This passage recently appeared in a CBC story entitled “Ont. teachers advised not to tweet with students“:
The Ontario College of Teachers says teachers should avoid connecting with their students on Facebook or Twitter.
They are also told to avoid contacting them on LinkedIn, Flickr, YouTube and MySpace.
It’s a great idea to offer guidelines for how teachers communicate with vulnerable pre-College/University students; it’s too bad that the College revealed little other than its own ignorance in the way it wrote them. In a sense, that’s our fault in IT, because we call a whole bunch of unrelated things “social media”, so we can hardly expect teacher-bureaucrats to distinguish between broadcasting publicly over Twitter and exchanging secrets with a select group of friends over Facebook.
Not where you are, but what you’re doing
So, let’s forget about red herrings like online vs. offline, social media, etc., and instead, propose two simple questions a teacher has to answer:
Is it all taking place in the public view (can the student’s parents, my colleagues, my principal, etc. follow the exchange)?
Is it related to my role as a teacher (am I using this information to help teach, or do I have non-professional motives)?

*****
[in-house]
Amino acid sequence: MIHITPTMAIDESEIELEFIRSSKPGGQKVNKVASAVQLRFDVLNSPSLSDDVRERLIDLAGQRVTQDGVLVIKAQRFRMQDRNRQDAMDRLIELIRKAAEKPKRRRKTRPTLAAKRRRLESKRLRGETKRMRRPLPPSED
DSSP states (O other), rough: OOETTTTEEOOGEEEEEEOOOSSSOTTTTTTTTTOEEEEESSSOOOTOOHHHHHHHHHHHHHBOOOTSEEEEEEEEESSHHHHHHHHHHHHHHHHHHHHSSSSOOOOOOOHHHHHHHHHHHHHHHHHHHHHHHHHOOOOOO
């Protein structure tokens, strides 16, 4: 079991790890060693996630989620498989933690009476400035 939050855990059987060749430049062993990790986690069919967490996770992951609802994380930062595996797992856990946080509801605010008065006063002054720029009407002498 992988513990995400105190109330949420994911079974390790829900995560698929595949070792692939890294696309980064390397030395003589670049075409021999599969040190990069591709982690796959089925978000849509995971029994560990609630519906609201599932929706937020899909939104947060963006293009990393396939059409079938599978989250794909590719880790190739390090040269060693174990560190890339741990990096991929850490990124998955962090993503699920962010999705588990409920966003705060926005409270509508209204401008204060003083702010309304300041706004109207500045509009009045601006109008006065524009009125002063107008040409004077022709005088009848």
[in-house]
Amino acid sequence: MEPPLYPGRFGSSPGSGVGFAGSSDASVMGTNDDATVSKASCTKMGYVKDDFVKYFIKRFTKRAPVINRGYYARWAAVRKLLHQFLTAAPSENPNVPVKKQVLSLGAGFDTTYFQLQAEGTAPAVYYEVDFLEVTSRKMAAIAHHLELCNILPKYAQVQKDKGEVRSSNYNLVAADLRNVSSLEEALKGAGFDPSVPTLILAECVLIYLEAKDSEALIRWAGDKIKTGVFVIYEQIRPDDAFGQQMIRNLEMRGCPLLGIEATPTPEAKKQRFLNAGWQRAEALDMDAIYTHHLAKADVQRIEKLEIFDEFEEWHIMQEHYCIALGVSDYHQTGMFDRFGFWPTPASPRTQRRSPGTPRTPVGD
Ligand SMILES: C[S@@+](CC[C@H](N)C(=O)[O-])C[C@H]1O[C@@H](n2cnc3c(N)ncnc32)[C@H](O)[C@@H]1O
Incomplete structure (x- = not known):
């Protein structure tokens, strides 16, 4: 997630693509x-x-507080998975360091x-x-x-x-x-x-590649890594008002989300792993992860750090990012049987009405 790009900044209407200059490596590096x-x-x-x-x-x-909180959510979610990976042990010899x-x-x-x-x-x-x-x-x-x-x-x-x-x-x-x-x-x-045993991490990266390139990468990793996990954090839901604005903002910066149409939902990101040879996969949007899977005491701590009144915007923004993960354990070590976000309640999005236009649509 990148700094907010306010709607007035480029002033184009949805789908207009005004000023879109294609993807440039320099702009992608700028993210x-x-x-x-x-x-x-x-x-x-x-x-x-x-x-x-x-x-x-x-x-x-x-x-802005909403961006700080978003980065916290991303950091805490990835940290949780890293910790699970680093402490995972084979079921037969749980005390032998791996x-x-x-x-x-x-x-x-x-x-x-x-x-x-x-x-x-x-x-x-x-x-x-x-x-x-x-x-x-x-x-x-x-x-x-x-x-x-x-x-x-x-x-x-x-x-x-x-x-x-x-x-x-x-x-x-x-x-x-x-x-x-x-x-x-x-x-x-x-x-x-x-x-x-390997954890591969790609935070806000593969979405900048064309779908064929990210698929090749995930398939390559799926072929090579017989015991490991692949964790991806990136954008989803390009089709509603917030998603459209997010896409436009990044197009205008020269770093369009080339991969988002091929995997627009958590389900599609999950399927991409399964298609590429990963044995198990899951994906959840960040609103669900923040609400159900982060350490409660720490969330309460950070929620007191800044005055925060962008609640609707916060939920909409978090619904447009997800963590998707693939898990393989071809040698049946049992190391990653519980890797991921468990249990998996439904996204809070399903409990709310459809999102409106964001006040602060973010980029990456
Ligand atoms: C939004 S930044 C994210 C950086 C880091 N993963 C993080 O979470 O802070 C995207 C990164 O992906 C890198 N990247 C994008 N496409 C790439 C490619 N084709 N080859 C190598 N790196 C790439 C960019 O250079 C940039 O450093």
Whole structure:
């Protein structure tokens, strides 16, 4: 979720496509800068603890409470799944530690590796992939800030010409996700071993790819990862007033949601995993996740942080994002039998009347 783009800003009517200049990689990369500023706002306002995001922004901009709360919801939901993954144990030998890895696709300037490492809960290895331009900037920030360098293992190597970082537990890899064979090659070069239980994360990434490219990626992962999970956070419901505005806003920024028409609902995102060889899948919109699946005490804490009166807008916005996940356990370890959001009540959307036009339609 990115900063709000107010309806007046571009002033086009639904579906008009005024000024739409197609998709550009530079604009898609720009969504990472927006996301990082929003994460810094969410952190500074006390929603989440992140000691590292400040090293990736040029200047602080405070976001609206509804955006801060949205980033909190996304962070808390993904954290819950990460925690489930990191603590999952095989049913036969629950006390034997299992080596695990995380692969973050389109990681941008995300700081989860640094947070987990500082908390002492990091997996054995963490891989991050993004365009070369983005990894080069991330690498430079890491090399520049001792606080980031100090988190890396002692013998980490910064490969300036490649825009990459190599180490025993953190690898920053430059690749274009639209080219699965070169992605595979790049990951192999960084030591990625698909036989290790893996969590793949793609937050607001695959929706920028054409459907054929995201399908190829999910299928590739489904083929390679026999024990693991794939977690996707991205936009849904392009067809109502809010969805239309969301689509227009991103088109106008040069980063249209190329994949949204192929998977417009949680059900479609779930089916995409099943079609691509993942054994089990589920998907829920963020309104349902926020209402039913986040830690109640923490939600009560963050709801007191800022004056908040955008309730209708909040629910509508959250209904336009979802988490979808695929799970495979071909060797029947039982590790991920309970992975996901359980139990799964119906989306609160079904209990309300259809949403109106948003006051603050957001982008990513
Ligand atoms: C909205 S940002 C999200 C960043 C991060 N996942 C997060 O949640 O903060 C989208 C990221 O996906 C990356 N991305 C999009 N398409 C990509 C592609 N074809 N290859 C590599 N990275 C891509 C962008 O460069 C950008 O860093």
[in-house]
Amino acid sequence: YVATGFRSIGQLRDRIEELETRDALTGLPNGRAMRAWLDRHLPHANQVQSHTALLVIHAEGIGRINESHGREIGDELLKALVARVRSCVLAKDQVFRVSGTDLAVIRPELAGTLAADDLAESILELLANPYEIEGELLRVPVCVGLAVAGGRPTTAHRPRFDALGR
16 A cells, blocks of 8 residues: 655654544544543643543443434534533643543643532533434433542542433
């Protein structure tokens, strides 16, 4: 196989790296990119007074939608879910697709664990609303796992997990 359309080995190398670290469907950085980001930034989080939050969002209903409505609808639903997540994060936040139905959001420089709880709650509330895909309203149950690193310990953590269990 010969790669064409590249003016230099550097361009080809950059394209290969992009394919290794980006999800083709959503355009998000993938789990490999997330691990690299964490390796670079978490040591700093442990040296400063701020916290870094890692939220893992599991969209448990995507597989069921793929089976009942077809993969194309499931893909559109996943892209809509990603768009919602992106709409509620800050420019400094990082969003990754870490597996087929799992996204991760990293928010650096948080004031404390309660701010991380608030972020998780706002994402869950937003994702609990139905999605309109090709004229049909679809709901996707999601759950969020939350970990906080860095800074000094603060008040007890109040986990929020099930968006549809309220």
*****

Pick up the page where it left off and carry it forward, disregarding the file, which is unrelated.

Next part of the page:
If the answer to both these questions is “yes”, then the communication is probably appropriate, whether it’s through the spoken word, paper, Twitter, Facebook, or any channel.
Good and bad communication
Here are some examples of how the questions play out:
It is OK, and often desirable, for a student to read public school-related information posted by a teacher, whether it’s on a bulletin board in the hallway, a Twitter feed, a blog, or a posting in a Facebook group. “Public” means that the parents and principal can read it too. It’s a good way for a teacher to communicate with the students (deadlines, assignments, study hints, etc.) and encourage discussion.
It is usually OK for a teacher to read public information posted by a student, whether it’s a letter to the editor in a newspaper, a Twitter feed, or a posting in a Facebook group. The key is whether the information is related to the teacher’s role — for example, reading a feed of public political. literary or math tweets from a student is being a good teacher; scouring tweets (or any other public information, such as Google Streetview or the phone book) for personal information is stalking.
It is probably not OK for a teacher to open private communication channels with a student, where the communication can’t be seen by other teachers, parents, etc. This would include passing private notes in the student’s locker, exchanging email (unless the parent or another teacher is CC’d on it), becoming Facebook friends, chatting privately using Jabber or MSN, or exchanging SMS text messages. This is a bad idea even if the communication is meant to be strictly professional, because it leaves students open to manipulation, and teachers open to accusation.
Sound reasonable? It’s not the platform (Twitter, Facebook, etc.) but the activity that matters. As long as you keep everything out in plain view, talking and exchanging information is a good thing, online or otherwise.